“I’m very, very proud of the relationships we have with our players,” Franklin said Wednesday during his Media Days press appearance. “Having these open discussions and dialog with your players is important. … That’s the nature of college athletics and college football right now. You better be willing and able to have discussions that maybe we haven’t had in the past.
“There’s been more changes in college football over the past 3 years than probably over the past 25. … I’m blessed and fortunate to have a team and an administration that’s willing to have these conversations.
“At the end of the day, our players, and specifically Sean, want what’s best for college athletics, want what’s best for Penn State, want what’s best for the Big Ten.”
Good or bad overall?
When Alabama’s Nick Saban carps about fellow SEC member Texas A&M essentially buying players, you know these are uncharted waters. When the game’s top coach feels the foundations shaking such that he thinks he’s on the short end of an uneven playing field, it’s definitely a strange inflection point in the sport.
The changes are coming so rapidly, it’s impossible to see how or when this will all shake out. Differences in state laws have created an unequal NIL playing field. A Supreme Court ruling has seemingly opened the door for players to be considered employees, probably as soon as the first group of players gains standing and moves its argument through the legal system.
It’s not hard to imagine a day when athletes won’t have to be students at all. An education could be part of their compensation, or not. It’s impossible to know how crazy things will get once college football goes through the looking glass. Will everything be on the table? Is 4 years of eligibility set in stone? Redshirts and roster limits? Can the leagues, or whatever organizing body that replaces the NCAA, gain any concessions for its side? Could healthy players be required to play in bowl games, rather than opting out to avoid injury and prepare for the NFL Draft?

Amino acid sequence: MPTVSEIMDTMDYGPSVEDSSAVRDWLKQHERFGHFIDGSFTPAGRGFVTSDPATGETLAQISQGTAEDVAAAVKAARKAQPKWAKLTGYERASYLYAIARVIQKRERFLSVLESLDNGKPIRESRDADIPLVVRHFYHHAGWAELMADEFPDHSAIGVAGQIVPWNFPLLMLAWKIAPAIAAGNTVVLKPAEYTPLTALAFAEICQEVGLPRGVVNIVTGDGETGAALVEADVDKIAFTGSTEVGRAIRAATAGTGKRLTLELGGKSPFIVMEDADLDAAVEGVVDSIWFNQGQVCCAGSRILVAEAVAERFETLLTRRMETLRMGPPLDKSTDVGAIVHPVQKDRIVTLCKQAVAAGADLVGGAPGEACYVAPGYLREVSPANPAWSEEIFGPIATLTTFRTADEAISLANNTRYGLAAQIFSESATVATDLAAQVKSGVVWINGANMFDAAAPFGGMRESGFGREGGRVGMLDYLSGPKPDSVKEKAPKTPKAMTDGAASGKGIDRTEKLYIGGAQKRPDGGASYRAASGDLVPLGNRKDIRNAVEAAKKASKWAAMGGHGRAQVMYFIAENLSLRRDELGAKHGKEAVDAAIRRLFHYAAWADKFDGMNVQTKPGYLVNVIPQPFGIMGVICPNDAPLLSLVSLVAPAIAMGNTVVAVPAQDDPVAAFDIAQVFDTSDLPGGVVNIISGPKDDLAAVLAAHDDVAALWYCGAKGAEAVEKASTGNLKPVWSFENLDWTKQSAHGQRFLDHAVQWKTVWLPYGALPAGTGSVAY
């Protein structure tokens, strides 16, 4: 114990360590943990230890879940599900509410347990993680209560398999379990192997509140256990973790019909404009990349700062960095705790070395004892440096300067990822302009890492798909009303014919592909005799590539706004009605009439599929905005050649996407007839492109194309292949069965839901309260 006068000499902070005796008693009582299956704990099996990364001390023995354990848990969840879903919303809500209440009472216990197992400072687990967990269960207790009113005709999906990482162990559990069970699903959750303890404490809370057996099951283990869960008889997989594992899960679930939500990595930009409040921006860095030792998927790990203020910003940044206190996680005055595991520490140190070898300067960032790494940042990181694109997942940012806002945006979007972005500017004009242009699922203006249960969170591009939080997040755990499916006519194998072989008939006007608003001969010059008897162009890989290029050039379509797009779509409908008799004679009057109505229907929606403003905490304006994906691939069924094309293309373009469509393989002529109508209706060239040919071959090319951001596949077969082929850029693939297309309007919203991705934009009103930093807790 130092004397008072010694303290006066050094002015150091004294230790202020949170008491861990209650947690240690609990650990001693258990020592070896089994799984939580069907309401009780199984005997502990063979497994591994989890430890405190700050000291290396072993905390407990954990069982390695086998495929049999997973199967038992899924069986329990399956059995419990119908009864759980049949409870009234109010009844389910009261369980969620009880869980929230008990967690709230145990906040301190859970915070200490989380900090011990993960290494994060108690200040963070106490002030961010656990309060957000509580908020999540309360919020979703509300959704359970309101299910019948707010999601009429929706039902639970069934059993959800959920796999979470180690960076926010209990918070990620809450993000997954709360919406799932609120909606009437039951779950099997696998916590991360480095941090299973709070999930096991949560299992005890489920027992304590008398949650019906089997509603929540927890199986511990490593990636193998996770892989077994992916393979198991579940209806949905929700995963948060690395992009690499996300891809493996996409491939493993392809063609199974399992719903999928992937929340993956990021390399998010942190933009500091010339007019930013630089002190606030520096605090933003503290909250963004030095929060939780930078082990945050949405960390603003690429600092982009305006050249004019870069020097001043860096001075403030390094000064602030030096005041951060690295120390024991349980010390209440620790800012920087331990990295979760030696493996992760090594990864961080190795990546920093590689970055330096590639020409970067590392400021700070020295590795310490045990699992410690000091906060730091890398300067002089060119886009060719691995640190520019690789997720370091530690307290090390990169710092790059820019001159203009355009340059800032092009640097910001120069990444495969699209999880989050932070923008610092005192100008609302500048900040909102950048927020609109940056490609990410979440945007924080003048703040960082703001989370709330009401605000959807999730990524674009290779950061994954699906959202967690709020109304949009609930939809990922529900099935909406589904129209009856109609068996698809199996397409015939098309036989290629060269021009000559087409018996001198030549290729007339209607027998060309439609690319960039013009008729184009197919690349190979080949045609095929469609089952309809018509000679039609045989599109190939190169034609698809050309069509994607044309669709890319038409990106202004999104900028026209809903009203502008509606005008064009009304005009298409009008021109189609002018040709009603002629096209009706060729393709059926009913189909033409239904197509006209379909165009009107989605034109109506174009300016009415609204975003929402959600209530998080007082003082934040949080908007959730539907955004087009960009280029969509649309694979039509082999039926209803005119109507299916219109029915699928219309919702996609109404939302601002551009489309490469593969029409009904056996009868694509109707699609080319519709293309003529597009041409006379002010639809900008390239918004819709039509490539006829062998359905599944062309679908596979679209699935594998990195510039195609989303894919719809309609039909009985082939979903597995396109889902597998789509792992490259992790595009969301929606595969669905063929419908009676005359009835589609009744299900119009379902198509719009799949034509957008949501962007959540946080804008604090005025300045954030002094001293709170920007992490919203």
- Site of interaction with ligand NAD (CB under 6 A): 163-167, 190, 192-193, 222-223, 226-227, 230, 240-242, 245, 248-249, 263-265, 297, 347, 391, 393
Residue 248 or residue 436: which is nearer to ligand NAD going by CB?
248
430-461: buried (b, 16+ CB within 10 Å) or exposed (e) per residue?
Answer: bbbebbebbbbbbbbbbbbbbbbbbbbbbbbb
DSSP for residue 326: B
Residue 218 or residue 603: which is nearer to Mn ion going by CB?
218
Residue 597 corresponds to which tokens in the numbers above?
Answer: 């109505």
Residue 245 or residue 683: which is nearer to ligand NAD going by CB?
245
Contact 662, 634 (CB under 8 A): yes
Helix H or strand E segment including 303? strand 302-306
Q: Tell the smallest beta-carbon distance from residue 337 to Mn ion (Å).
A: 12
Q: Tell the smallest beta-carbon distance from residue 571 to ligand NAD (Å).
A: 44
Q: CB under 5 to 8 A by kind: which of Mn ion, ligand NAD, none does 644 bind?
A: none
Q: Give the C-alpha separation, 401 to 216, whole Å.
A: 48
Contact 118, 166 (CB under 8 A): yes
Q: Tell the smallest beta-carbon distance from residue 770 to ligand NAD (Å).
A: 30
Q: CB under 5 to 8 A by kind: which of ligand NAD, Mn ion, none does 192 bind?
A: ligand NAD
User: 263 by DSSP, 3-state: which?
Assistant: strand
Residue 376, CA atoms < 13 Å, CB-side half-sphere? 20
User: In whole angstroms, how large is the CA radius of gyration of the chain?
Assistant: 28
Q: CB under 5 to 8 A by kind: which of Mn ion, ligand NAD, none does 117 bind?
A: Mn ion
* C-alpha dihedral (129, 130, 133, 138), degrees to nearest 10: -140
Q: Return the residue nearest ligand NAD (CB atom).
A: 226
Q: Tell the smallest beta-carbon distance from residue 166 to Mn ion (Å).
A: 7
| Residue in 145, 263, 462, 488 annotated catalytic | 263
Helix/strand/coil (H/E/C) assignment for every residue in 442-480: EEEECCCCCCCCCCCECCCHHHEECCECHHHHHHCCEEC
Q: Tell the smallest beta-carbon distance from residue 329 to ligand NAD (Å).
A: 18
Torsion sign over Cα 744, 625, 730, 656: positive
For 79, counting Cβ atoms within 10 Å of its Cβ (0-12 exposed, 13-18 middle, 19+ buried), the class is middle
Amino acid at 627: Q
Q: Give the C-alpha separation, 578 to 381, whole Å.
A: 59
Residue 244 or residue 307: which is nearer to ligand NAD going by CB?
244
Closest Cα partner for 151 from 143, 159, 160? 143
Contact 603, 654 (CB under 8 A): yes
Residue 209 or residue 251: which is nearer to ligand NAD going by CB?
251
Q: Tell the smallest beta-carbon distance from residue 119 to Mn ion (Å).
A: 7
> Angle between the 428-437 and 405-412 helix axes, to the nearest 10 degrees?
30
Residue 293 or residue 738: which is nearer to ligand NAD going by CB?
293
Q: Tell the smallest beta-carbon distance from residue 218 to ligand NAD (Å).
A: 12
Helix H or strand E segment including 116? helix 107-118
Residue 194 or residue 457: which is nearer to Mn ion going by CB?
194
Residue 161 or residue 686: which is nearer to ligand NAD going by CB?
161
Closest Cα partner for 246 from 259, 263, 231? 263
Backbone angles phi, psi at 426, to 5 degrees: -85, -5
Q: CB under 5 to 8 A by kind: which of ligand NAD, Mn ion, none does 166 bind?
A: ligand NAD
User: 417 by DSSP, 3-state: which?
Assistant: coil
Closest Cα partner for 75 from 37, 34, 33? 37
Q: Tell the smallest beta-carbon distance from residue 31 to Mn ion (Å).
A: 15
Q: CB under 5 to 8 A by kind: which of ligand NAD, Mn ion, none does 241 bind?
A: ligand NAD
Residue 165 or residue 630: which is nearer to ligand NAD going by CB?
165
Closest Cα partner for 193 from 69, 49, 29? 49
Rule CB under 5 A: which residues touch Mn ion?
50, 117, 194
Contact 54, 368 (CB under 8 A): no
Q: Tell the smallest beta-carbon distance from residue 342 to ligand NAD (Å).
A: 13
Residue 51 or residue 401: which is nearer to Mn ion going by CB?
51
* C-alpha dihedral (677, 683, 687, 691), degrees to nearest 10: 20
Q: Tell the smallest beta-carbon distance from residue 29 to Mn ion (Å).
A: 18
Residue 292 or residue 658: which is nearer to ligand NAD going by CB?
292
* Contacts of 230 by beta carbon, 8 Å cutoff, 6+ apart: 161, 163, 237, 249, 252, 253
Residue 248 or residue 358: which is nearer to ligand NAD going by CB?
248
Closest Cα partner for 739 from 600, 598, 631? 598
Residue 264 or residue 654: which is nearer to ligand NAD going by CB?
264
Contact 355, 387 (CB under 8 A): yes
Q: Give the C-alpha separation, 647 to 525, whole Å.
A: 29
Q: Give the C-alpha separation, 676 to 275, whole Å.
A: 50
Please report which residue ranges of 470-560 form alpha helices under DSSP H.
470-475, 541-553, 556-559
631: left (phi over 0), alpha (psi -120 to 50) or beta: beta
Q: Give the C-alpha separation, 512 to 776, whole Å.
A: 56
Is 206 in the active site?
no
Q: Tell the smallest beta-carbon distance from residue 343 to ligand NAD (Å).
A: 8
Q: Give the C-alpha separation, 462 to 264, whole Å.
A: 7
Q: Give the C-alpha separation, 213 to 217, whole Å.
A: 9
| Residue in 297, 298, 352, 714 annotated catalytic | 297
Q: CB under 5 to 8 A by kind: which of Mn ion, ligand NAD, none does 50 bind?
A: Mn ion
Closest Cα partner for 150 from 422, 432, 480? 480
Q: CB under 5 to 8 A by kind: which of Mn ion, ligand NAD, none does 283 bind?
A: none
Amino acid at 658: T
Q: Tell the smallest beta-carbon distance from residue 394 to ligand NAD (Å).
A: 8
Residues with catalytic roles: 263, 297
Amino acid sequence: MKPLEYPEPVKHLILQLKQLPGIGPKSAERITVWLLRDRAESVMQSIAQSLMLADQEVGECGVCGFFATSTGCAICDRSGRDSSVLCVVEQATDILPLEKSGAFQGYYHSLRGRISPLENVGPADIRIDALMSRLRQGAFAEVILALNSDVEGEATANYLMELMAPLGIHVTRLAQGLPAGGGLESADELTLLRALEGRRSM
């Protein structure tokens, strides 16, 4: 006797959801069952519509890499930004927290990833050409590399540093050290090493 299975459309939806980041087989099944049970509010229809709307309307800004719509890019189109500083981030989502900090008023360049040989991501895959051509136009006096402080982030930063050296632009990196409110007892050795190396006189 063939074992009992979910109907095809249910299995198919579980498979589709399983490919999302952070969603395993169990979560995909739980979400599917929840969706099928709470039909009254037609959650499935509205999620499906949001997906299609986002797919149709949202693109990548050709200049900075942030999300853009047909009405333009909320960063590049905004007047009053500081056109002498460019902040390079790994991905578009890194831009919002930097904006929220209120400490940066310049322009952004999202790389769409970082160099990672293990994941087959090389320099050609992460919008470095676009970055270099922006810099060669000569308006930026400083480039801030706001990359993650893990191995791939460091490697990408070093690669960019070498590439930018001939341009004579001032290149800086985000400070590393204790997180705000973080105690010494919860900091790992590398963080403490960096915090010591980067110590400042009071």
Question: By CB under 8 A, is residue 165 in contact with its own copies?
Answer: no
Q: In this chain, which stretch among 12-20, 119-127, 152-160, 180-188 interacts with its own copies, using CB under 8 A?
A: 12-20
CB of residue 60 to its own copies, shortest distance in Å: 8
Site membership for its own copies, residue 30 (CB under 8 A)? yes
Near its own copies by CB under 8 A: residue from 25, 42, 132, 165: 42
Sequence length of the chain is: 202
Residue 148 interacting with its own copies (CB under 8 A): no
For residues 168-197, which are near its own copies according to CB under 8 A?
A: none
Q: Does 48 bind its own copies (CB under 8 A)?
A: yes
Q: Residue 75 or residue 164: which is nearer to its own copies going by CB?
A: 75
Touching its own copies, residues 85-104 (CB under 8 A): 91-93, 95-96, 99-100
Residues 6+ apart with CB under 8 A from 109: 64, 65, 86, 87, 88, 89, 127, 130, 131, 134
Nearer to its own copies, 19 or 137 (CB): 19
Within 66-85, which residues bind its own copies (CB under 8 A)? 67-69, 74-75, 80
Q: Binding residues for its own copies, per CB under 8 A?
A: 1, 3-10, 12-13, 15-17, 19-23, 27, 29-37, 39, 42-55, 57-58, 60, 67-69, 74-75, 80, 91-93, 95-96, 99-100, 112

It’s all rather disconcerting for the average fan, who just wants to watch a game, whether in person or in front of the TV.
Here’s the best I can do for some comforting thoughts:
- Our games have always survived. The NFL and the NBA had mergers. Dunking and the forward pass were made legal. Baseball adopted the DH and inter-league play.
- Think of the scene in Hoosiers. There will still be 100 yards between the end zones; the crossbar will still be set at 10 feet; there will still be 11 players per side.
The more the money issues are brought from under the table and put on it, the less hypocrisy fans will have to stomach.
Coaches don’t have much option other than to beg for funding. Ryan Day told Ohio State supporters the Buckeyes needed $13 million or so per year in NIL support, leading Jim Harbaugh to suggest Michigan fans should be able to collect twice as much for the cause. The name of Clifford’s agency, Limitless NIL, pretty much says it all. The booster behavior that got SMU the death penalty in the 1980s is acceptable now.
“It’s the Wild West out there,” Rutgers coach Greg Schiano said Wednesday.
If most of the future national titles go to the highest bidders, that won’t be anything terribly new. Dedication measured in dollars. If changes are done well, at least the rules will be clear to all involved. And Alabama, Ohio State, Georgia, Clemson and the like won’t miss a beat. But maybe the next tier of programs can rise up. Penn State, with its huge alumni base and 100,000-plus home attendance average, certainly has resources and motivation.
While it’s all shaking out, the show will go on. Clifford ended the BTN group interview reminding his teammates and others about what it’s all about.
“It’s about having fun, too,” he said. “I’ve had a blast this winter, this spring and this summer with this group. … It’s time to have some fun in fall camp.”
Let’s hope that doesn’t change, for Clifford or anyone else.